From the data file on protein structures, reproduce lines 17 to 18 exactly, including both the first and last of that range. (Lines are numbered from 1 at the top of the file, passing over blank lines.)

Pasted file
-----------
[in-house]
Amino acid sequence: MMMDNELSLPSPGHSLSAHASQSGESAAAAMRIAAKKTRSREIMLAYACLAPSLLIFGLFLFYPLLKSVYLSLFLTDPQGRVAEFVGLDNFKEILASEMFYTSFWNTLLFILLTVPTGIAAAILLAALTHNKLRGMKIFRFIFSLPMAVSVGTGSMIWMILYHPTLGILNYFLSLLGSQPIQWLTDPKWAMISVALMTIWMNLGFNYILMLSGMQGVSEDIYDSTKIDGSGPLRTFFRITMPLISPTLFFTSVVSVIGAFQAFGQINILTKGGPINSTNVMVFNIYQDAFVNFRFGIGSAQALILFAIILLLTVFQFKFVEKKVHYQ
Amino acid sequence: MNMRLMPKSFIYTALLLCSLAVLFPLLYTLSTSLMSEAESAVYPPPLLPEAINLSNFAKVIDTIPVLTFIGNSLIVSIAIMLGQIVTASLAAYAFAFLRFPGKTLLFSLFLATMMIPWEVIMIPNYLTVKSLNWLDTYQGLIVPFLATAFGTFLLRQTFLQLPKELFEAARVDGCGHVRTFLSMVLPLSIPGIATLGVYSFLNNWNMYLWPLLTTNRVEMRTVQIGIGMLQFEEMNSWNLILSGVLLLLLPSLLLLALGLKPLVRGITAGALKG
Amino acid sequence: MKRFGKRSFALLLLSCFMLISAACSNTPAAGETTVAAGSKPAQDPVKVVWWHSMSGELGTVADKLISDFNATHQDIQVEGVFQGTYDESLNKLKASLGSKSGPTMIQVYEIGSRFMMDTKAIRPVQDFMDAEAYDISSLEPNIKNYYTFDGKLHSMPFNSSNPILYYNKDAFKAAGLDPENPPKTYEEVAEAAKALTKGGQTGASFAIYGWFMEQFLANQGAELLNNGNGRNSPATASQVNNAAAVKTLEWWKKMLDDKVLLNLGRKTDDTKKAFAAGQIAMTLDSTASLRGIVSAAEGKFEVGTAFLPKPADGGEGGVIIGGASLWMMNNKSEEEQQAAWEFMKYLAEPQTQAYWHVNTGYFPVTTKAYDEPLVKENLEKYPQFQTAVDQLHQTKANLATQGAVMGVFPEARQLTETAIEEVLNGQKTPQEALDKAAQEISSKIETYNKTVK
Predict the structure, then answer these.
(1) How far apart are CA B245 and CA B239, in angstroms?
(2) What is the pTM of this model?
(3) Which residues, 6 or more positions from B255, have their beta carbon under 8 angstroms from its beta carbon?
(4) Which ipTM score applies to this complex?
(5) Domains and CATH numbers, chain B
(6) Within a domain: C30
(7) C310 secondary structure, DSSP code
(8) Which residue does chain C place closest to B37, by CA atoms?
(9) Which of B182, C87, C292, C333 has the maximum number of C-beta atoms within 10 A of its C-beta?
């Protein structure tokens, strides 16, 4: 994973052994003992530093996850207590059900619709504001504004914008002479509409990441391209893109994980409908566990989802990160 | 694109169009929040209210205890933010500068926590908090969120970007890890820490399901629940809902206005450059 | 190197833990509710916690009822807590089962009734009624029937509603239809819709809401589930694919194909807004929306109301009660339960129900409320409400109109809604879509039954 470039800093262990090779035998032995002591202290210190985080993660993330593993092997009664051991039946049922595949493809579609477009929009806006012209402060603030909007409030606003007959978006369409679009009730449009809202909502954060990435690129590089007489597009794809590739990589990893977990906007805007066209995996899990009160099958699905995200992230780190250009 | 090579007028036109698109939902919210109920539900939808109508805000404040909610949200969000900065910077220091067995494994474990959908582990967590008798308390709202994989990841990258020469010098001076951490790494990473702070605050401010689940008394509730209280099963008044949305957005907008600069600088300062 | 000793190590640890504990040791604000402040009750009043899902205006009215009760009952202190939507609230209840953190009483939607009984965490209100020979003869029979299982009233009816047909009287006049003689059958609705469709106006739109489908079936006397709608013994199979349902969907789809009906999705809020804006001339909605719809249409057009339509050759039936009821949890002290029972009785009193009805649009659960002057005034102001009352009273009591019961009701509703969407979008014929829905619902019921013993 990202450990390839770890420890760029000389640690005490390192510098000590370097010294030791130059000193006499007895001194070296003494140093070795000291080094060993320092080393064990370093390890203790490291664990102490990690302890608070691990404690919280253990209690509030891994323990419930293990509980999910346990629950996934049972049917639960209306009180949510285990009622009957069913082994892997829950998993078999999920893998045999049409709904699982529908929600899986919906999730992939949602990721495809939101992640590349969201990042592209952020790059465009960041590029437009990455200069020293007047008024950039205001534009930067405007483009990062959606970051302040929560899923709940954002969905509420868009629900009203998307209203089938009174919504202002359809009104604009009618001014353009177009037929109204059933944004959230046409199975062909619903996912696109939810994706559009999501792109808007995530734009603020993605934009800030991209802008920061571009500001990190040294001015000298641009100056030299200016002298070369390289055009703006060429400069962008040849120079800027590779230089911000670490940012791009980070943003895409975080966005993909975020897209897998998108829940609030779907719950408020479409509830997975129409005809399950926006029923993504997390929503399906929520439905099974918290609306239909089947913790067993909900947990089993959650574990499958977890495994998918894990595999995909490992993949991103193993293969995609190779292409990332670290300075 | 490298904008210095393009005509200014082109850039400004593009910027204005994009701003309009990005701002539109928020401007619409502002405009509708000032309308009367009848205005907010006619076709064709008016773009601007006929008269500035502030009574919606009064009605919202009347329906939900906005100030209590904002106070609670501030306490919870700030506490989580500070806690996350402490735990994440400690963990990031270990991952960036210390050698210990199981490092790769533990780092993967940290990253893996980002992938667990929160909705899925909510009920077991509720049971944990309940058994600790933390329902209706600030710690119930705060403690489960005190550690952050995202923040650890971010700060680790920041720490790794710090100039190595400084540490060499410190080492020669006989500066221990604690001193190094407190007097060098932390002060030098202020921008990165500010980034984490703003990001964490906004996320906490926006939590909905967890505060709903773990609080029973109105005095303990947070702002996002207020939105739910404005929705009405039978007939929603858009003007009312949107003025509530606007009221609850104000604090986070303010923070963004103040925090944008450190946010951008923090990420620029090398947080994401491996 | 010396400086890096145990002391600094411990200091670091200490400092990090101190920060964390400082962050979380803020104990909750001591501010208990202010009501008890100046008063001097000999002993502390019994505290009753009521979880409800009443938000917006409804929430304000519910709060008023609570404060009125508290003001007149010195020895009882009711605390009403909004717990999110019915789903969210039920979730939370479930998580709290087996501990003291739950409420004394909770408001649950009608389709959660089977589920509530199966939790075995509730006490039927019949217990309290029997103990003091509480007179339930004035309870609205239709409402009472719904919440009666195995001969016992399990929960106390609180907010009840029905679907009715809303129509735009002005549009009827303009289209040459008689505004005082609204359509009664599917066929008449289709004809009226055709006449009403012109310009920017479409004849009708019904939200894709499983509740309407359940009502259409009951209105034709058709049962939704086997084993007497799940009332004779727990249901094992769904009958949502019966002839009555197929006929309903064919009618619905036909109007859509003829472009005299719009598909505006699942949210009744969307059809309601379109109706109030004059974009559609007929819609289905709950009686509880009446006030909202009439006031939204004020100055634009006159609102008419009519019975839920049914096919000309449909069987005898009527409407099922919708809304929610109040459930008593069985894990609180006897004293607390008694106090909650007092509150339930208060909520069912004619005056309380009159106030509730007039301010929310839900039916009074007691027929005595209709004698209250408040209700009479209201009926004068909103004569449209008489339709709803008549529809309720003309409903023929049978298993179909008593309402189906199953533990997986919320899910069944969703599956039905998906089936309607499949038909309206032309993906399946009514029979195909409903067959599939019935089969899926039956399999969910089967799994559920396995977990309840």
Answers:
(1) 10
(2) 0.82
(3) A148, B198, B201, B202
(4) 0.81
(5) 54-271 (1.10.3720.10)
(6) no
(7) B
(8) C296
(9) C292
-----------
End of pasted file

(1) 10
(2) 0.82